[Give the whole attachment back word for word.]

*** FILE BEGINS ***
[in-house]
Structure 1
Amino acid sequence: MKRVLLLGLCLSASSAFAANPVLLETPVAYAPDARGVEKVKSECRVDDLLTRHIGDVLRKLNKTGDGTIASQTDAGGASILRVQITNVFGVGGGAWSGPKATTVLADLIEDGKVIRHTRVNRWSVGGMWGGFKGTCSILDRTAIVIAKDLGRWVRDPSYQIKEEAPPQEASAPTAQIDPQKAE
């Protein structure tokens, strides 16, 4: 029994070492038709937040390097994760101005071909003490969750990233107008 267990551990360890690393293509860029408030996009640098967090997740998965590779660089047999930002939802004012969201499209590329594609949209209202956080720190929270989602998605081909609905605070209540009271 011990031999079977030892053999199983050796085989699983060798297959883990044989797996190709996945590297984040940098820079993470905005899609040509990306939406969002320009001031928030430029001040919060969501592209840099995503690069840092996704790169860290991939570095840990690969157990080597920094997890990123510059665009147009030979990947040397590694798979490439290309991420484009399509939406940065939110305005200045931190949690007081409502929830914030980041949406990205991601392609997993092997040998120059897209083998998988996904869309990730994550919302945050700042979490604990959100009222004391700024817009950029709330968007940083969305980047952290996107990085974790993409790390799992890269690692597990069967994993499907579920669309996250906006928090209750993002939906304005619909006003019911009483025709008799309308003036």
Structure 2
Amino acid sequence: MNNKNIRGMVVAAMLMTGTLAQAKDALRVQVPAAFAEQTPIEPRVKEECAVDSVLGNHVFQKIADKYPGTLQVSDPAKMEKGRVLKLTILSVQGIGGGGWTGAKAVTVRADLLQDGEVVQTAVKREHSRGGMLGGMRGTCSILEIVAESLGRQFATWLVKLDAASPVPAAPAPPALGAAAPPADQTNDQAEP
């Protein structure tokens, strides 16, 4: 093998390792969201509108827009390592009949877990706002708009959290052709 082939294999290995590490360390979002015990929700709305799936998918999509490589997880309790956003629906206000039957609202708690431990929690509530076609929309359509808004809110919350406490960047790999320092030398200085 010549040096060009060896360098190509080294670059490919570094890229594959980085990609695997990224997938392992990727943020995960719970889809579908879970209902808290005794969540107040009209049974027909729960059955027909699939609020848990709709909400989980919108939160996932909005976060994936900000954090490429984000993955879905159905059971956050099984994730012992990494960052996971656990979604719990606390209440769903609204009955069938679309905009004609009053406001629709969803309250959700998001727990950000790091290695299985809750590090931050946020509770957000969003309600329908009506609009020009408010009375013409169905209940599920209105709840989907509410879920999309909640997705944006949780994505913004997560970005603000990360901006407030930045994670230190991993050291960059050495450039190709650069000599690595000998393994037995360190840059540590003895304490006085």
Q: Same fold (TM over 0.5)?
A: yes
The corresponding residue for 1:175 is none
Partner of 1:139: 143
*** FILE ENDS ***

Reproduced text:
[in-house]
Structure 1
Amino acid sequence: MKRVLLLGLCLSASSAFAANPVLLETPVAYAPDARGVEKVKSECRVDDLLTRHIGDVLRKLNKTGDGTIASQTDAGGASILRVQITNVFGVGGGAWSGPKATTVLADLIEDGKVIRHTRVNRWSVGGMWGGFKGTCSILDRTAIVIAKDLGRWVRDPSYQIKEEAPPQEASAPTAQIDPQKAE
């Protein structure tokens, strides 16, 4: 029994070492038709937040390097994760101005071909003490969750990233107008 267990551990360890690393293509860029408030996009640098967090997740998965590779660089047999930002939802004012969201499209590329594609949209209202956080720190929270989602998605081909609905605070209540009271 011990031999079977030892053999199983050796085989699983060798297959883990044989797996190709996945590297984040940098820079993470905005899609040509990306939406969002320009001031928030430029001040919060969501592209840099995503690069840092996704790169860290991939570095840990690969157990080597920094997890990123510059665009147009030979990947040397590694798979490439290309991420484009399509939406940065939110305005200045931190949690007081409502929830914030980041949406990205991601392609997993092997040998120059897209083998998988996904869309990730994550919302945050700042979490604990959100009222004391700024817009950029709330968007940083969305980047952290996107990085974790993409790390799992890269690692597990069967994993499907579920669309996250906006928090209750993002939906304005619909006003019911009483025709008799309308003036």
Structure 2
Amino acid sequence: MNNKNIRGMVVAAMLMTGTLAQAKDALRVQVPAAFAEQTPIEPRVKEECAVDSVLGNHVFQKIADKYPGTLQVSDPAKMEKGRVLKLTILSVQGIGGGGWTGAKAVTVRADLLQDGEVVQTAVKREHSRGGMLGGMRGTCSILEIVAESLGRQFATWLVKLDAASPVPAAPAPPALGAAAPPADQTNDQAEP
């Protein structure tokens, strides 16, 4: 093998390792969201509108827009390592009949877990706002708009959290052709 082939294999290995590490360390979002015990929700709305799936998918999509490589997880309790956003629906206000039957609202708690431990929690509530076609929309359509808004809110919350406490960047790999320092030398200085 010549040096060009060896360098190509080294670059490919570094890229594959980085990609695997990224997938392992990727943020995960719970889809579908879970209902808290005794969540107040009209049974027909729960059955027909699939609020848990709709909400989980919108939160996932909005976060994936900000954090490429984000993955879905159905059971956050099984994730012992990494960052996971656990979604719990606390209440769903609204009955069938679309905009004609009053406001629709969803309250959700998001727990950000790091290695299985809750590090931050946020509770957000969003309600329908009506609009020009408010009375013409169905209940599920209105709840989907509410879920999309909640997705944006949780994505913004997560970005603000990360901006407030930045994670230190991993050291960059050495450039190709650069000599690595000998393994037995360190840059540590003895304490006085």
Q: Same fold (TM over 0.5)?
A: yes
The corresponding residue for 1:175 is none
Partner of 1:139: 143